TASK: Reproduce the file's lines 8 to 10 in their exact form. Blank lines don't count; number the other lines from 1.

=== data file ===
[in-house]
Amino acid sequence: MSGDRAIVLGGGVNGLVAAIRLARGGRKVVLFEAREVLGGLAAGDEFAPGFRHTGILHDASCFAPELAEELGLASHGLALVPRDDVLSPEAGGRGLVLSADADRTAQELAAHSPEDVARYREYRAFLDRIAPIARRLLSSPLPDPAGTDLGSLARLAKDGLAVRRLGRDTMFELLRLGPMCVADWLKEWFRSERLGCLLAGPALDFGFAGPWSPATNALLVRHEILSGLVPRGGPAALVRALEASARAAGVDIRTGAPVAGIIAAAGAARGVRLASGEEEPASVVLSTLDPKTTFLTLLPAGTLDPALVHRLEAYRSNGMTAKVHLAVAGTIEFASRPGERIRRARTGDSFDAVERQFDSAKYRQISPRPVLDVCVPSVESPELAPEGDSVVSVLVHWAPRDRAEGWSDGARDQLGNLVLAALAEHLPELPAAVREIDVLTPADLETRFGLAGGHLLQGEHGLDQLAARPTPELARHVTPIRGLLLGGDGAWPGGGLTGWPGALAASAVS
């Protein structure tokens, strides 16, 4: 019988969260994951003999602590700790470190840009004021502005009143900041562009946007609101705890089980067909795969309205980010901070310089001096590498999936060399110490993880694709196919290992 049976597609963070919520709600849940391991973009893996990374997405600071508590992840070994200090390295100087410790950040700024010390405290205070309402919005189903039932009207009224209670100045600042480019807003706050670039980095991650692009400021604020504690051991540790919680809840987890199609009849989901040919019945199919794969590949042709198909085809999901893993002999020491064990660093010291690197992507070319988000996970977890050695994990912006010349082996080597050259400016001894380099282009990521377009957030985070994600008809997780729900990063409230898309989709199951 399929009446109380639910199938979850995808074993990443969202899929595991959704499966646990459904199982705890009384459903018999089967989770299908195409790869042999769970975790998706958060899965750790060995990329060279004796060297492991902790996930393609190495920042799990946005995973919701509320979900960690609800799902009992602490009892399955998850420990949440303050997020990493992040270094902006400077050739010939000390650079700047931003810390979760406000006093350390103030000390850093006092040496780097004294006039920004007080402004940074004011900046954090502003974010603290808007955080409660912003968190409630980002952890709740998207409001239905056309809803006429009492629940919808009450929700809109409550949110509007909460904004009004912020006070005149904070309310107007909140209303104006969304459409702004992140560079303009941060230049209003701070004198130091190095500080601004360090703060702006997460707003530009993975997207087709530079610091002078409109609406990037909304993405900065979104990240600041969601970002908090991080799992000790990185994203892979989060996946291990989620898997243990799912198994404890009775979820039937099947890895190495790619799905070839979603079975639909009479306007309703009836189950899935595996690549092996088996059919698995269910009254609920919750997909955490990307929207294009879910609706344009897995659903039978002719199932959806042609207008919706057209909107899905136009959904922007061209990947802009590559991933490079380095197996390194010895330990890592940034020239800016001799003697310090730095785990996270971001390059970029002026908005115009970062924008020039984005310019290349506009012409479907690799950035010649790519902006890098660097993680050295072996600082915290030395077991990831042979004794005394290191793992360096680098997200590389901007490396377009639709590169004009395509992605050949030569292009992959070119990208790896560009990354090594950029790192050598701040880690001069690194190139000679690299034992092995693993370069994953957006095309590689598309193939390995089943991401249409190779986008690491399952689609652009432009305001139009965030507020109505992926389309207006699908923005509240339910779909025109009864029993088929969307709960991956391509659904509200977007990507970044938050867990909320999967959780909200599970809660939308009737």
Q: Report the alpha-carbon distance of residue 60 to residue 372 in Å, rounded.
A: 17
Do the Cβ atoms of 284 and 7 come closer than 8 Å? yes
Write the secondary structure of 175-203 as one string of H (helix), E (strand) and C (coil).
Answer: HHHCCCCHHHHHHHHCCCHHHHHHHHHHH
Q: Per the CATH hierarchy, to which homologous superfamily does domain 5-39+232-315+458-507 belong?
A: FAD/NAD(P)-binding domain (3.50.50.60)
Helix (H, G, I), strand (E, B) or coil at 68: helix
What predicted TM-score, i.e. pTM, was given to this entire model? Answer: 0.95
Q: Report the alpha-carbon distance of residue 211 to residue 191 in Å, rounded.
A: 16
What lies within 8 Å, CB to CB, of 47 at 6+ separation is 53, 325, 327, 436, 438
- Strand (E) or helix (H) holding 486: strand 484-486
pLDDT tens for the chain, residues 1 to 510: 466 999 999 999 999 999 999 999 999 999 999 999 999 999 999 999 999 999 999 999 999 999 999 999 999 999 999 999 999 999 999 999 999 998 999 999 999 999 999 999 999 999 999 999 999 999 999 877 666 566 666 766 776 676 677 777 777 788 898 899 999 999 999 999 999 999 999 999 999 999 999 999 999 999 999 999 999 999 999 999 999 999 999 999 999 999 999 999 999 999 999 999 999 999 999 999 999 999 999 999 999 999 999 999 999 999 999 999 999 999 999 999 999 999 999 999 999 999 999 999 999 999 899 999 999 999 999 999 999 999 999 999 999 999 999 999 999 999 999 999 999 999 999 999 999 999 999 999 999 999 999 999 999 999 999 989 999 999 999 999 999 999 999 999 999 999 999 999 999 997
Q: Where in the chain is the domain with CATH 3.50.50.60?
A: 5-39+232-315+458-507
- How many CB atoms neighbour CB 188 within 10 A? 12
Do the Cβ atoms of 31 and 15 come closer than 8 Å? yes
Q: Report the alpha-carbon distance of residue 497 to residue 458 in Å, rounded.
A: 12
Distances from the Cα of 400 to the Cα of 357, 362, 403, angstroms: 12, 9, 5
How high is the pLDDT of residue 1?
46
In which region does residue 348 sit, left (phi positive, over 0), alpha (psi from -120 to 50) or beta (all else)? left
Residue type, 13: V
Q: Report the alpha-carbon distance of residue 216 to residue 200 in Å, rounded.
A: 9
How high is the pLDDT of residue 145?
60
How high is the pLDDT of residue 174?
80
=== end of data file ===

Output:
Answer: HHHCCCCHHHHHHHHCCCHHHHHHHHHHH
Q: Per the CATH hierarchy, to which homologous superfamily does domain 5-39+232-315+458-507 belong?
A: FAD/NAD(P)-binding domain (3.50.50.60)